Five Wii Games that Deserve a Second Chance
The Wii has a great library of games including titles such as Super Mario Galaxy 2, Donkey Kong Country Returns, The Legend of Zelda: Skyward Sword, and most of Nintendo’s first-party titles. However, there are a lot of great titles that have been shrugged aside, for one reason or another, that I believe deserve a second chance. Today, I’d like to take a look back at five of those Wii games.
I’m starting with Spyborgs, a game that rarely receives attention from the gaming world. I bought it a couple of years back because it was only $14.99 at my local EB Games, and largely because it’s a Capcom beat ‘em up. I popped Spyborgs into my Wii and was surprised to discover a pretty good game. I was surprised because the game was pushed aside by many Wii owners, despite it being the kind of game that Nintendo fans wanted to play on the Wii.
Spyborgs is a pretty standard beat ‘em up that forces you to fight baddies, move onto the next area, and fight more baddies. So yes, it is quite repetitive, but old school beat ‘em up games are the epitome of repetitive. What I genuinely like about Spyborgs is its fluent combat system highlighted by a smart use of the Wii’s motion controls, used to execute finishing moves. Also, Spyborgs gives you three different characters that have separate move sets and attributes, which gives the game a little bit of depth. Plus, each character can be upgraded for more health, damage, etc. It’s a brutal game, but if you can get past that aspect, you might find yourself enjoying the game, especially during its two-player co-op.
Sonic and the Secret Rings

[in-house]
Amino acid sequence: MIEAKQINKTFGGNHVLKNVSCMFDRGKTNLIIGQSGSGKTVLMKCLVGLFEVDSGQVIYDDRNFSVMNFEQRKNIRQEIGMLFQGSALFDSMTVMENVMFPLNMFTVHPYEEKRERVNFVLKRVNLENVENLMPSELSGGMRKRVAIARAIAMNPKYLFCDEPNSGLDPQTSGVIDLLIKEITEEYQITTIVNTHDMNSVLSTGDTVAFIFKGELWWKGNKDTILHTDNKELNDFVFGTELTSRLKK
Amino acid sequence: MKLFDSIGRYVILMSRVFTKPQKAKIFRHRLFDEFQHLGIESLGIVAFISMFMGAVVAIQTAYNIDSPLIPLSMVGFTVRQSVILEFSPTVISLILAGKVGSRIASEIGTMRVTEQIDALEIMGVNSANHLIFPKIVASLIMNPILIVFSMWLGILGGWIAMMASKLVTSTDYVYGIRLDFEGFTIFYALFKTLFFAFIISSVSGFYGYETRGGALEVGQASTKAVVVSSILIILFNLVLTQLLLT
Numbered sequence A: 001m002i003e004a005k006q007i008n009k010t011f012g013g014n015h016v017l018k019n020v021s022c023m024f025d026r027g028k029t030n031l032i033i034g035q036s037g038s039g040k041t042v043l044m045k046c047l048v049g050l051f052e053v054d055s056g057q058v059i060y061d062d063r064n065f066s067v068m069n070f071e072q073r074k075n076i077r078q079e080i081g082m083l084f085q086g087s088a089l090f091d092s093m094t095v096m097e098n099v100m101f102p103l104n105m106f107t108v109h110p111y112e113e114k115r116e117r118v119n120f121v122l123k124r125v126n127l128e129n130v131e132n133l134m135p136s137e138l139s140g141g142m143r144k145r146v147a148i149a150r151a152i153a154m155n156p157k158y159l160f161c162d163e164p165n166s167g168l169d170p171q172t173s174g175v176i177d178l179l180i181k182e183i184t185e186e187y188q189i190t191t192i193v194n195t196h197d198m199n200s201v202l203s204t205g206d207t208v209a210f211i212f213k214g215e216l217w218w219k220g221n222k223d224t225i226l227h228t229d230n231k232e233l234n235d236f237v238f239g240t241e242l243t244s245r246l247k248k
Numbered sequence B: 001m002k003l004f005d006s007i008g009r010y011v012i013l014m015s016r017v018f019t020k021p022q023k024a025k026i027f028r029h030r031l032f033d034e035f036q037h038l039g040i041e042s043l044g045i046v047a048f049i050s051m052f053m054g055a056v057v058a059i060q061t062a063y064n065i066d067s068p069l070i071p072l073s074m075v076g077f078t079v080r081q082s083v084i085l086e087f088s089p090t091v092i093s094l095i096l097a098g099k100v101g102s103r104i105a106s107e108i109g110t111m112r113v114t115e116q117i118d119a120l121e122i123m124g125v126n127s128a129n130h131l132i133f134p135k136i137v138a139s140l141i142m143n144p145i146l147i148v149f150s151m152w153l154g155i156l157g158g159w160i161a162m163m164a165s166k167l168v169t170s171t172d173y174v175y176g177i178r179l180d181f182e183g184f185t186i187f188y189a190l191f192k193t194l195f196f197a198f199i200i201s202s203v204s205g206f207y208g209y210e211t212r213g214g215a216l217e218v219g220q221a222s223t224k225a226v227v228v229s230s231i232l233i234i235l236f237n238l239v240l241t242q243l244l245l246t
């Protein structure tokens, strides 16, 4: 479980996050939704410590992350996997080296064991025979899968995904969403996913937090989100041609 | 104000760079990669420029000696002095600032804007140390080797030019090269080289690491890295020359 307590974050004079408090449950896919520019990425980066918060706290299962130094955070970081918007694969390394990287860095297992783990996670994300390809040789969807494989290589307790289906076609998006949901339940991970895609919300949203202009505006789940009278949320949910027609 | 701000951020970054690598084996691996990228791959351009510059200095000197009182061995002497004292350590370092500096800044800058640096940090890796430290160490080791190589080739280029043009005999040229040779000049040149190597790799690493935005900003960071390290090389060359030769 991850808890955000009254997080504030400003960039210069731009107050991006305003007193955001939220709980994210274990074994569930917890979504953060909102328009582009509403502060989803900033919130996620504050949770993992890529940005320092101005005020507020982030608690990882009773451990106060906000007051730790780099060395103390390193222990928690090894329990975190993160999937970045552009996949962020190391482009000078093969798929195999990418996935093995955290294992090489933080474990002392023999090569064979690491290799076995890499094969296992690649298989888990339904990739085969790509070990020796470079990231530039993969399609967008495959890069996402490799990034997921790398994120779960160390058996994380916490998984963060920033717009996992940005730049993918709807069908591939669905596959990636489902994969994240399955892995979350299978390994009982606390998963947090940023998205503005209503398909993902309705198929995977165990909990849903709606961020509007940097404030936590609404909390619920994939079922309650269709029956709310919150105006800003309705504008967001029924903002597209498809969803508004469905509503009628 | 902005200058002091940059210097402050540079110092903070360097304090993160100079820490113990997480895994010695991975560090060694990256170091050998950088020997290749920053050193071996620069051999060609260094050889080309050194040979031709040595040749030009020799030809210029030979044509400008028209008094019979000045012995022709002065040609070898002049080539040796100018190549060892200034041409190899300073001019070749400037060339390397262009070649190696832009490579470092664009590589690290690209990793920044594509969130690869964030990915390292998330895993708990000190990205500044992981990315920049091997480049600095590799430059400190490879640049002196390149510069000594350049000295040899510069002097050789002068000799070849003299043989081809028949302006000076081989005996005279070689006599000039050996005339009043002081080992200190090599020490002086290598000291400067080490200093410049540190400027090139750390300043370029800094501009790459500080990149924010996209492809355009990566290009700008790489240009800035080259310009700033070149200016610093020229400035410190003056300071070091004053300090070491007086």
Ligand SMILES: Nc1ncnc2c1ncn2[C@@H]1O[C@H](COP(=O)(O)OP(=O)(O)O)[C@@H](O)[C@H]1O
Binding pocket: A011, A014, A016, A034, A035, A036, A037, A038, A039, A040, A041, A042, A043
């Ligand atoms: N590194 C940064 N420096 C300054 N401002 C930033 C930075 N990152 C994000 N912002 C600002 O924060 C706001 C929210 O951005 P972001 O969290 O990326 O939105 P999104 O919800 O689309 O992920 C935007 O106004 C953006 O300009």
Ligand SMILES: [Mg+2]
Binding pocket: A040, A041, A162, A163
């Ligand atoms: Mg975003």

Sonic and the Secret Rings came at a time when the Wii needed software; so naturally, I went out and purchased a copy. At the time, Sonic and the Secret Rings was one of the better Sonic games during a time when Sega couldn’t do anything substantial with the franchise. It isn’t a traditional Sonic game by any means, and does feature a pretty lackluster story set in the storybook world of Arabian Nights, but it was a major improvement over the awful Sonic 2006.
Sonic and the Secret Rings offers fast-paced, on-rails gameplay highlighted by good overall design. There are definitely some issues with the Wii Remote controls – especially when jumping – but with some patience, you can get the hang of Sonic’s moves. One of the more interesting elements of the game is the ability to equip rings with new techniques for Sonic to utilize. Whether it is the ability to run faster, sidestep smoothly, or to boost longer, the ring mechanic helped make the game more enjoyable.
I can’t help but feel like MadWorld is the result of Wii gamers crying out for something gritty and bloody on the Wii. It’s a shame too, because when Platinum Games developed and released MadWorld, it was largely ignored by the very same audience. I’m not sure why it was ignored, but it was the kind of mature title Wii gamers begged developers to make.